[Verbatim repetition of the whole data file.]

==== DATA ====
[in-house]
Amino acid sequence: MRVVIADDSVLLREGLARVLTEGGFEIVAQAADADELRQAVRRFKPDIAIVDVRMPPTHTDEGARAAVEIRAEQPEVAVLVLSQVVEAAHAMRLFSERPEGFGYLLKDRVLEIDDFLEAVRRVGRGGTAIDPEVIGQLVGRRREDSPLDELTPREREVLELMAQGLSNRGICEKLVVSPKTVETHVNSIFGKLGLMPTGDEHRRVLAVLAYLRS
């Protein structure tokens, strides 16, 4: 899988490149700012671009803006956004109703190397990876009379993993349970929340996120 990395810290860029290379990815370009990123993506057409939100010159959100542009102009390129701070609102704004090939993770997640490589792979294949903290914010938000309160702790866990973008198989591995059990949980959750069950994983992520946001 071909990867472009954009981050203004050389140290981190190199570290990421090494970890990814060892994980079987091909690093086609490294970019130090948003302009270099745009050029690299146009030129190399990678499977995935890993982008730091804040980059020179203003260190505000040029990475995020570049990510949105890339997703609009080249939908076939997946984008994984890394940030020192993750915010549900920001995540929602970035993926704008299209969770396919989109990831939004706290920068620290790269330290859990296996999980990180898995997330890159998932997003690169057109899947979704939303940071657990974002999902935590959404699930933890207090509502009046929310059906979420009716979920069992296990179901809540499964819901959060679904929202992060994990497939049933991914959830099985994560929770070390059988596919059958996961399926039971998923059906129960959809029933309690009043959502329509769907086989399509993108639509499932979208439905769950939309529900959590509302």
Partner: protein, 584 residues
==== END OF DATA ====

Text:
[in-house]
Amino acid sequence: MRVVIADDSVLLREGLARVLTEGGFEIVAQAADADELRQAVRRFKPDIAIVDVRMPPTHTDEGARAAVEIRAEQPEVAVLVLSQVVEAAHAMRLFSERPEGFGYLLKDRVLEIDDFLEAVRRVGRGGTAIDPEVIGQLVGRRREDSPLDELTPREREVLELMAQGLSNRGICEKLVVSPKTVETHVNSIFGKLGLMPTGDEHRRVLAVLAYLRS
């Protein structure tokens, strides 16, 4: 899988490149700012671009803006956004109703190397990876009379993993349970929340996120 990395810290860029290379990815370009990123993506057409939100010159959100542009102009390129701070609102704004090939993770997640490589792979294949903290914010938000309160702790866990973008198989591995059990949980959750069950994983992520946001 071909990867472009954009981050203004050389140290981190190199570290990421090494970890990814060892994980079987091909690093086609490294970019130090948003302009270099745009050029690299146009030129190399990678499977995935890993982008730091804040980059020179203003260190505000040029990475995020570049990510949105890339997703609009080249939908076939997946984008994984890394940030020192993750915010549900920001995540929602970035993926704008299209969770396919989109990831939004706290920068620290790269330290859990296996999980990180898995997330890159998932997003690169057109899947979704939303940071657990974002999902935590959404699930933890207090509502009046929310059906979420009716979920069992296990179901809540499964819901959060679904929202992060994990497939049933991914959830099985994560929770070390059988596919059958996961399926039971998923059906129960959809029933309690009043959502329509769907086989399509993108639509499932979208439905769950939309529900959590509302």
Partner: protein, 584 residues